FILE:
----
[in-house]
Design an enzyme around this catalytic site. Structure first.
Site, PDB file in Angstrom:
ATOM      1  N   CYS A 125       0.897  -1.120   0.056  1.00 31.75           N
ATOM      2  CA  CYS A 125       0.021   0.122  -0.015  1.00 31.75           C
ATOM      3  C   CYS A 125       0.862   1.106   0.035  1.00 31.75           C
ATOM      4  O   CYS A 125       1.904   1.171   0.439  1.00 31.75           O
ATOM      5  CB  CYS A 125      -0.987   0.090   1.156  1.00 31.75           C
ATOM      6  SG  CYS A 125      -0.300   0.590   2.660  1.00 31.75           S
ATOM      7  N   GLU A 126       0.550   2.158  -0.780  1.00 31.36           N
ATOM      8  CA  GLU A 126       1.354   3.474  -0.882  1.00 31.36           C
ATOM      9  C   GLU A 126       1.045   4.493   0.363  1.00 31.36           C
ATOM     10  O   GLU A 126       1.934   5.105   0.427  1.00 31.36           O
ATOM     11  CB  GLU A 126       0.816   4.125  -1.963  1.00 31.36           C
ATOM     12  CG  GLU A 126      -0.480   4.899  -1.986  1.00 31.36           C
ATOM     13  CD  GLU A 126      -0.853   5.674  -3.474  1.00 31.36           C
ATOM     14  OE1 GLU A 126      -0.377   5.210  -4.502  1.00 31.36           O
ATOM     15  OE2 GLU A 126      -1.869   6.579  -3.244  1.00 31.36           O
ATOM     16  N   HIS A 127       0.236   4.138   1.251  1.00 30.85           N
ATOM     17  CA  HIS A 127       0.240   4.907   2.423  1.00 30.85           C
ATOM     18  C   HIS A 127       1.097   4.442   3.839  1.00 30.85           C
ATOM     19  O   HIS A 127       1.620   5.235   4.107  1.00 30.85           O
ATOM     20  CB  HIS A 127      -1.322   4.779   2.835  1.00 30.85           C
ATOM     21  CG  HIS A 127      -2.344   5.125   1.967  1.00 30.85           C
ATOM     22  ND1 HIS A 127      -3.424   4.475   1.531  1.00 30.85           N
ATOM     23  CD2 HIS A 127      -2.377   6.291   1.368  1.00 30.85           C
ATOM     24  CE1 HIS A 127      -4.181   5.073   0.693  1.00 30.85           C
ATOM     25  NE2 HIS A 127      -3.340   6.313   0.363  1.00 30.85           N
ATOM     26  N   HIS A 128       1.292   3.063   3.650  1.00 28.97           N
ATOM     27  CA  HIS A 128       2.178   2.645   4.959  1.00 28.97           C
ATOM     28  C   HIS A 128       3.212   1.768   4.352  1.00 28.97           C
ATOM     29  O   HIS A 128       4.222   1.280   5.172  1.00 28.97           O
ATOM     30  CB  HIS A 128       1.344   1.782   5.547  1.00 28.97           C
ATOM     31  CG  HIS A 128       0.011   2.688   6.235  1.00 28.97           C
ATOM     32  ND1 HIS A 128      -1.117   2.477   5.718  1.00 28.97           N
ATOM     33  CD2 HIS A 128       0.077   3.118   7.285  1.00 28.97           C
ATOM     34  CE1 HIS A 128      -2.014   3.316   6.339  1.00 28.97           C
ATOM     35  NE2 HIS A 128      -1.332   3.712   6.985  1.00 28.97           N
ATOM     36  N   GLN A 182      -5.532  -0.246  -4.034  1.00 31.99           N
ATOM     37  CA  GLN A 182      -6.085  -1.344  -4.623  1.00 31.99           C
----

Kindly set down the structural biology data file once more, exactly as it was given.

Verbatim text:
[in-house]
Design an enzyme around this catalytic site. Structure first.
Site, PDB file in Angstrom:
ATOM      1  N   CYS A 125       0.897  -1.120   0.056  1.00 31.75           N
ATOM      2  CA  CYS A 125       0.021   0.122  -0.015  1.00 31.75           C
ATOM      3  C   CYS A 125       0.862   1.106   0.035  1.00 31.75           C
ATOM      4  O   CYS A 125       1.904   1.171   0.439  1.00 31.75           O
ATOM      5  CB  CYS A 125      -0.987   0.090   1.156  1.00 31.75           C
ATOM      6  SG  CYS A 125      -0.300   0.590   2.660  1.00 31.75           S
ATOM      7  N   GLU A 126       0.550   2.158  -0.780  1.00 31.36           N
ATOM      8  CA  GLU A 126       1.354   3.474  -0.882  1.00 31.36           C
ATOM      9  C   GLU A 126       1.045   4.493   0.363  1.00 31.36           C
ATOM     10  O   GLU A 126       1.934   5.105   0.427  1.00 31.36           O
ATOM     11  CB  GLU A 126       0.816   4.125  -1.963  1.00 31.36           C
ATOM     12  CG  GLU A 126      -0.480   4.899  -1.986  1.00 31.36           C
ATOM     13  CD  GLU A 126      -0.853   5.674  -3.474  1.00 31.36           C
ATOM     14  OE1 GLU A 126      -0.377   5.210  -4.502  1.00 31.36           O
ATOM     15  OE2 GLU A 126      -1.869   6.579  -3.244  1.00 31.36           O
ATOM     16  N   HIS A 127       0.236   4.138   1.251  1.00 30.85           N
ATOM     17  CA  HIS A 127       0.240   4.907   2.423  1.00 30.85           C
ATOM     18  C   HIS A 127       1.097   4.442   3.839  1.00 30.85           C
ATOM     19  O   HIS A 127       1.620   5.235   4.107  1.00 30.85           O
ATOM     20  CB  HIS A 127      -1.322   4.779   2.835  1.00 30.85           C
ATOM     21  CG  HIS A 127      -2.344   5.125   1.967  1.00 30.85           C
ATOM     22  ND1 HIS A 127      -3.424   4.475   1.531  1.00 30.85           N
ATOM     23  CD2 HIS A 127      -2.377   6.291   1.368  1.00 30.85           C
ATOM     24  CE1 HIS A 127      -4.181   5.073   0.693  1.00 30.85           C
ATOM     25  NE2 HIS A 127      -3.340   6.313   0.363  1.00 30.85           N
ATOM     26  N   HIS A 128       1.292   3.063   3.650  1.00 28.97           N
ATOM     27  CA  HIS A 128       2.178   2.645   4.959  1.00 28.97           C
ATOM     28  C   HIS A 128       3.212   1.768   4.352  1.00 28.97           C
ATOM     29  O   HIS A 128       4.222   1.280   5.172  1.00 28.97           O
ATOM     30  CB  HIS A 128       1.344   1.782   5.547  1.00 28.97           C
ATOM     31  CG  HIS A 128       0.011   2.688   6.235  1.00 28.97           C
ATOM     32  ND1 HIS A 128      -1.117   2.477   5.718  1.00 28.97           N
ATOM     33  CD2 HIS A 128       0.077   3.118   7.285  1.00 28.97           C
ATOM     34  CE1 HIS A 128      -2.014   3.316   6.339  1.00 28.97           C
ATOM     35  NE2 HIS A 128      -1.332   3.712   6.985  1.00 28.97           N
ATOM     36  N   GLN A 182      -5.532  -0.246  -4.034  1.00 31.99           N
ATOM     37  CA  GLN A 182      -6.085  -1.344  -4.623  1.00 31.99           C